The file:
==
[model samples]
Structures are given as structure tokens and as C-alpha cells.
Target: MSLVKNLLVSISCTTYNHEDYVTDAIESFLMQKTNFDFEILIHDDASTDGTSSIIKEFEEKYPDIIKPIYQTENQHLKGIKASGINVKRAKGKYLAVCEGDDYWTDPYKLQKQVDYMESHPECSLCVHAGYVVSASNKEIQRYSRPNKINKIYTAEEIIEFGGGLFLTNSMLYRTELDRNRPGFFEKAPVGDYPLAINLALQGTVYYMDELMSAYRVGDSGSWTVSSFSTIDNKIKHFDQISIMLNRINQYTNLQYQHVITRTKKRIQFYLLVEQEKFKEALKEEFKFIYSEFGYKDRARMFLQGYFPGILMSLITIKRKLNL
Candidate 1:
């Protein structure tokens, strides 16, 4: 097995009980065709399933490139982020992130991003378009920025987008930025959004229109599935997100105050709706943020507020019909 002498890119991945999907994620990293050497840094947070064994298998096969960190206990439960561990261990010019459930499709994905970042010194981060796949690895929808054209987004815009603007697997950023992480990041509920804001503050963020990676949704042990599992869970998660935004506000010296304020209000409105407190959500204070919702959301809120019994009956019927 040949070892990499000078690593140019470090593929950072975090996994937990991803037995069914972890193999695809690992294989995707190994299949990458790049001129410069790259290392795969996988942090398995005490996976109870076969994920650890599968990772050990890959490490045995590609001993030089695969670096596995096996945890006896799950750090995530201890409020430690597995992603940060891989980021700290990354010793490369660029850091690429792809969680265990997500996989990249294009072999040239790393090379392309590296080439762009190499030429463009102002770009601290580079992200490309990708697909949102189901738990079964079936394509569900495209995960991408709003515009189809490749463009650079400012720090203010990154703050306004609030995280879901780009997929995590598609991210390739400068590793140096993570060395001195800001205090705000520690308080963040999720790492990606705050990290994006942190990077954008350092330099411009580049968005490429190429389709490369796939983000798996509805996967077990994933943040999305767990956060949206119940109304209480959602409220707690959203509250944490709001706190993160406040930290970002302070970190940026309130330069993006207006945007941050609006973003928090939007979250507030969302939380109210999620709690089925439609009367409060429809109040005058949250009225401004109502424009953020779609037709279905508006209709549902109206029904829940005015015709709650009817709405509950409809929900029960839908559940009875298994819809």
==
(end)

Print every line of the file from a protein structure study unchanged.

[model samples]
Structures are given as structure tokens and as C-alpha cells.
Target: MSLVKNLLVSISCTTYNHEDYVTDAIESFLMQKTNFDFEILIHDDASTDGTSSIIKEFEEKYPDIIKPIYQTENQHLKGIKASGINVKRAKGKYLAVCEGDDYWTDPYKLQKQVDYMESHPECSLCVHAGYVVSASNKEIQRYSRPNKINKIYTAEEIIEFGGGLFLTNSMLYRTELDRNRPGFFEKAPVGDYPLAINLALQGTVYYMDELMSAYRVGDSGSWTVSSFSTIDNKIKHFDQISIMLNRINQYTNLQYQHVITRTKKRIQFYLLVEQEKFKEALKEEFKFIYSEFGYKDRARMFLQGYFPGILMSLITIKRKLNL
Candidate 1:
């Protein structure tokens, strides 16, 4: 097995009980065709399933490139982020992130991003378009920025987008930025959004229109599935997100105050709706943020507020019909 002498890119991945999907994620990293050497840094947070064994298998096969960190206990439960561990261990010019459930499709994905970042010194981060796949690895929808054209987004815009603007697997950023992480990041509920804001503050963020990676949704042990599992869970998660935004506000010296304020209000409105407190959500204070919702959301809120019994009956019927 040949070892990499000078690593140019470090593929950072975090996994937990991803037995069914972890193999695809690992294989995707190994299949990458790049001129410069790259290392795969996988942090398995005490996976109870076969994920650890599968990772050990890959490490045995590609001993030089695969670096596995096996945890006896799950750090995530201890409020430690597995992603940060891989980021700290990354010793490369660029850091690429792809969680265990997500996989990249294009072999040239790393090379392309590296080439762009190499030429463009102002770009601290580079992200490309990708697909949102189901738990079964079936394509569900495209995960991408709003515009189809490749463009650079400012720090203010990154703050306004609030995280879901780009997929995590598609991210390739400068590793140096993570060395001195800001205090705000520690308080963040999720790492990606705050990290994006942190990077954008350092330099411009580049968005490429190429389709490369796939983000798996509805996967077990994933943040999305767990956060949206119940109304209480959602409220707690959203509250944490709001706190993160406040930290970002302070970190940026309130330069993006207006945007941050609006973003928090939007979250507030969302939380109210999620709690089925439609009367409060429809109040005058949250009225401004109502424009953020779609037709279905508006209709549902109206029904829940005015015709709650009817709405509950409809929900029960839908559940009875298994819809």